The purpose of the May meeting is to assess “how well the provisions of the NPT have been implemented and for charting a course forward.” The Carnegie Endowment’s Deepti Choubey, has noted that previous preparatory conferences have failed both to provide such assessments and discuss substantive issues, instead only managing to approve the agenda. These conferences do provide the framework for progress, though obstacles to success remain. For example, during the 2008 preparatory meetings, the participating parties’ inability to reach a consensus created a deadlock, which prevented summaries from being attached to the formal report of the conference. Similar institutional defects will probably prevent the success of this year’s conference.

Read Full Article: The National Interest

Barak Seener is the CEO of Strategic Intelligentia and a former Middle East Fellow at the Royal United Services Institute (RUSI). He is on Twitter at @BarakSeener.

Can the IAEA Be Saved?

(InFocus) – When the International Atomic Energy Association (IAEA) was established in 1957, it was largely a technically-oriented body focused on the peaceful uses of atomic energy in accordance with U.S. President Dwight D. Eisenhower’s vision of “Atoms for Peace.” The Nuclear Non-Proliferation Treaty (NPT), signed 11 years later in 1968, was designed to enforce this vision of peace. However, the system has been beset with flaws from its inception. It was based on the notion that all states would be honest about their nuclear programs, and their intentions. Accordingly, there are no enforcement provisions.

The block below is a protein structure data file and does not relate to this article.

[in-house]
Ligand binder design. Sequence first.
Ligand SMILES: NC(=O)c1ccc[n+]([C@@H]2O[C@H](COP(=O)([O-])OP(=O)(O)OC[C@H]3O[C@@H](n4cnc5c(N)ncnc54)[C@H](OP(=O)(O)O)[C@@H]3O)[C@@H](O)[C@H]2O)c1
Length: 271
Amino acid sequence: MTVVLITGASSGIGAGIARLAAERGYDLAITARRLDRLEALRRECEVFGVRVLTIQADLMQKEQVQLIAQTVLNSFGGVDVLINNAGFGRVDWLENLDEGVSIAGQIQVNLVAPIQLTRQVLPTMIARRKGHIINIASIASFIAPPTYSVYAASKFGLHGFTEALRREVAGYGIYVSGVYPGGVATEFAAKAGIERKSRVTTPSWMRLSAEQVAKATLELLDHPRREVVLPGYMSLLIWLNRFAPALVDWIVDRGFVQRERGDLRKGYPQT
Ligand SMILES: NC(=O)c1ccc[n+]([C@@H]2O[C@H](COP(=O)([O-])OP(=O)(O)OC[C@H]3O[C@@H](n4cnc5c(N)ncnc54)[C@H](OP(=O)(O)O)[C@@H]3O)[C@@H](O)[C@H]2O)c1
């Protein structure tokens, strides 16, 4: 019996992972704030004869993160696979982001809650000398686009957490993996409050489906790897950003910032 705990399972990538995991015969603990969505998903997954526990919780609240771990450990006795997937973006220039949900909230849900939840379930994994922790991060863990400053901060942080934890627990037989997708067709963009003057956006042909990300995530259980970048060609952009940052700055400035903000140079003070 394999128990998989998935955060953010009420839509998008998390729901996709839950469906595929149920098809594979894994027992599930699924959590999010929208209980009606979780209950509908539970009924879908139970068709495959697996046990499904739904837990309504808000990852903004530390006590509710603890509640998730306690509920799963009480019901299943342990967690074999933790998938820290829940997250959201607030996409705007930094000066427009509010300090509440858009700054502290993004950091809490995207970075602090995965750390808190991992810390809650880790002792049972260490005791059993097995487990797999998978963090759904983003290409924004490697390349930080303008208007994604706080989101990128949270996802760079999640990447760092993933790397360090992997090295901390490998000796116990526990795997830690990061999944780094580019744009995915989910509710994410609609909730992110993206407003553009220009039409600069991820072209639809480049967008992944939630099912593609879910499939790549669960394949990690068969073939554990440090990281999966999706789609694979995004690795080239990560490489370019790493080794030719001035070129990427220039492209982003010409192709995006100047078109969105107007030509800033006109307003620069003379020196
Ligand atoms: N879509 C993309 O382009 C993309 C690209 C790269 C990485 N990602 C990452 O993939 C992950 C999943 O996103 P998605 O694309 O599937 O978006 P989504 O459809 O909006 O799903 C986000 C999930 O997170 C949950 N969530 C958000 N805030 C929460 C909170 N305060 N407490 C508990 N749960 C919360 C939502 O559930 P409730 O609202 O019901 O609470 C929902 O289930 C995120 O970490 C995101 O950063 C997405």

The IAEA has, over time, lost sight of its original mission. Rather than performing technical studies to assess the nuclear capacity of states and leaving the political considerations to the United Nations Security Council, the IAEA has strayed into the business of international politics. In this capacity, it has too often apologized for proliferators rather than hindering their illicit actions.

The Paradox of the NPT

The NPT, which is essentially the IAEA’s mandate, has made headlines of late. Faced with the challenge of thwarting Iranian attempts to harness nuclear energy for weapons, U.S. President Barack Obama has underscored the importance of the NPT’s three pillars: non-proliferation, disarmament, and the right to civilian nuclear activities.

These pillars, however, are not always easy to reconcile. Several of the President’s recent speeches underscore this. For example, in his Prague speech, on April 5, 2009, Obama declared that the international community must support his vision of a world without nuclear weapons. Yet, Obama also stated that, “as long as these [nuclear] weapons exist, the United States will maintain a safe, secure, and effective arsenal to deter any adversary, and guarantee that defense to our allies.” So much for disarmament.

Then, in a speech from Cairo two months later, Obama stated, “No single nation should pick and choose which nation holds nuclear weapons.” This seems to undercut the notion that the U.S. has the right to impose economic sanctions against offending states. So much for non-proliferation

Finally, Obama has repeatedly underscored the right of any state to develop nuclear power for civilian purposes. Yet, the IAEA lacks the ability to ensure that these programs are strictly for civilian use.

Read Full Article: InFocus

Barak Seener is the CEO of Strategic Intelligentia and a former Middle East Fellow at the Royal United Services Institute (RUSI). He is on Twitter at @BarakSeener.